Sebastiano Serlio, 1475-1554, was an Italian architect and theorist, best known for his Tutte l’opere d’architettura, et prospetiva, (Complete Works on Architecture and Perspective), also known as L’Architettura, published in instalments of seven books from 1537-75.
Serlio first studied painting under the tutelage of his father at home in Bologna, before moving to Rome to be trained as an architect by Peruzzi, who provided many of the drawings later included in L’Architettura. By 1527 he had moved to Venice, then a major printing centre and the place he would need to be to complete his treatise.
The first book to be published was actually the fourth in the series. In it he outlined what was to come in the following books, and most famously, defined and illustrated the five orders of classical architecture.
Examples of Serlio’s built work are few. Following the success of L’Architettura he was called to France to consult on building work to massively extend the royal château at Fountainebleau. Sadly the château of Ancy-le-Franc in Burgundy is the only intact surviving example of his private commissions.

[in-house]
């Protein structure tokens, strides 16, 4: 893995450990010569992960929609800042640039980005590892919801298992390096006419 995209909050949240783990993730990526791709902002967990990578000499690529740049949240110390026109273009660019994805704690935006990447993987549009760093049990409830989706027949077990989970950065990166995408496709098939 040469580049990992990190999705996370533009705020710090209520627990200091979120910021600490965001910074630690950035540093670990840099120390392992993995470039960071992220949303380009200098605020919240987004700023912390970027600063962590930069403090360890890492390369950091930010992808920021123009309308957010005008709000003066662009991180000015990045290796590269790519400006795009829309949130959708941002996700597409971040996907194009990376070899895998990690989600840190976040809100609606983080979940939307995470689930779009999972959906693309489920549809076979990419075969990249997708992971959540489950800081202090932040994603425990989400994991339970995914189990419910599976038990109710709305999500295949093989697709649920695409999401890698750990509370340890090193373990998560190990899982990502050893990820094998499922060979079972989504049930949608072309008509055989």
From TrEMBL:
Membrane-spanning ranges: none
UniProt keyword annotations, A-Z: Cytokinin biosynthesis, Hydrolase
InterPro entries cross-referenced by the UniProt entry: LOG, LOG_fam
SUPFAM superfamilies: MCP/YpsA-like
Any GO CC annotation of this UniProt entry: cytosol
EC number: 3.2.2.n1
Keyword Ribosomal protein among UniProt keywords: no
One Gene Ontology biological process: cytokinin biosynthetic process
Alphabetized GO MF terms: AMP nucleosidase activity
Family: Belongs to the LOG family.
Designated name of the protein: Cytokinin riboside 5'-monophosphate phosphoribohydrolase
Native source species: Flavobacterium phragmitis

It was L’Architettura rather than the buildings that exerted the greatest influence and secured his place in the history books. Written in Italian rather than Latin and richly illustrated, the books were to prove an essential guide to classical architects for centuries to come.
Serlio was fascinated by finding configurations of materials to span spaces larger than the material itself, such as a timber beam. In tribute we have created the Serlio parquet. A bold classical design intended to be seen on a large scale and so ideal for bigger rooms.